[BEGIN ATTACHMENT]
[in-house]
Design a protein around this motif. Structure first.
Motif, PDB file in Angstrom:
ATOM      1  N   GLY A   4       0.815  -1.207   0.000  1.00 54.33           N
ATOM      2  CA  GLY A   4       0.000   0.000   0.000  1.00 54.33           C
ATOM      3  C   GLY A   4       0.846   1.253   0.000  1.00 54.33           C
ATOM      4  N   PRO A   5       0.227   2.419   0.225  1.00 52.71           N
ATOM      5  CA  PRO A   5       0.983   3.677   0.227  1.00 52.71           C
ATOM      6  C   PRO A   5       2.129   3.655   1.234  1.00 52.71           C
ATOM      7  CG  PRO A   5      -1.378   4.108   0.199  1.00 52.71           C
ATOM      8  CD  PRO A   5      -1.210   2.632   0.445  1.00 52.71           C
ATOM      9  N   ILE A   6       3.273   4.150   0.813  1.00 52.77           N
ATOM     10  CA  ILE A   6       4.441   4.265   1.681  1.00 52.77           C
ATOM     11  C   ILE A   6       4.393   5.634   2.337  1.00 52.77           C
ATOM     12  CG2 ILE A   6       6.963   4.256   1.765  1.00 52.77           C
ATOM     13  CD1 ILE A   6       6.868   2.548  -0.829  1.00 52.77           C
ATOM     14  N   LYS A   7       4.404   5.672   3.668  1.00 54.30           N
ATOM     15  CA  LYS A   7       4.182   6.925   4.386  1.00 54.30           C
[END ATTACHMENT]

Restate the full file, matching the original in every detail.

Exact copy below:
[in-house]
Design a protein around this motif. Structure first.
Motif, PDB file in Angstrom:
ATOM      1  N   GLY A   4       0.815  -1.207   0.000  1.00 54.33           N
ATOM      2  CA  GLY A   4       0.000   0.000   0.000  1.00 54.33           C
ATOM      3  C   GLY A   4       0.846   1.253   0.000  1.00 54.33           C
ATOM      4  N   PRO A   5       0.227   2.419   0.225  1.00 52.71           N
ATOM      5  CA  PRO A   5       0.983   3.677   0.227  1.00 52.71           C
ATOM      6  C   PRO A   5       2.129   3.655   1.234  1.00 52.71           C
ATOM      7  CG  PRO A   5      -1.378   4.108   0.199  1.00 52.71           C
ATOM      8  CD  PRO A   5      -1.210   2.632   0.445  1.00 52.71           C
ATOM      9  N   ILE A   6       3.273   4.150   0.813  1.00 52.77           N
ATOM     10  CA  ILE A   6       4.441   4.265   1.681  1.00 52.77           C
ATOM     11  C   ILE A   6       4.393   5.634   2.337  1.00 52.77           C
ATOM     12  CG2 ILE A   6       6.963   4.256   1.765  1.00 52.77           C
ATOM     13  CD1 ILE A   6       6.868   2.548  -0.829  1.00 52.77           C
ATOM     14  N   LYS A   7       4.404   5.672   3.668  1.00 54.30           N
ATOM     15  CA  LYS A   7       4.182   6.925   4.386  1.00 54.30           C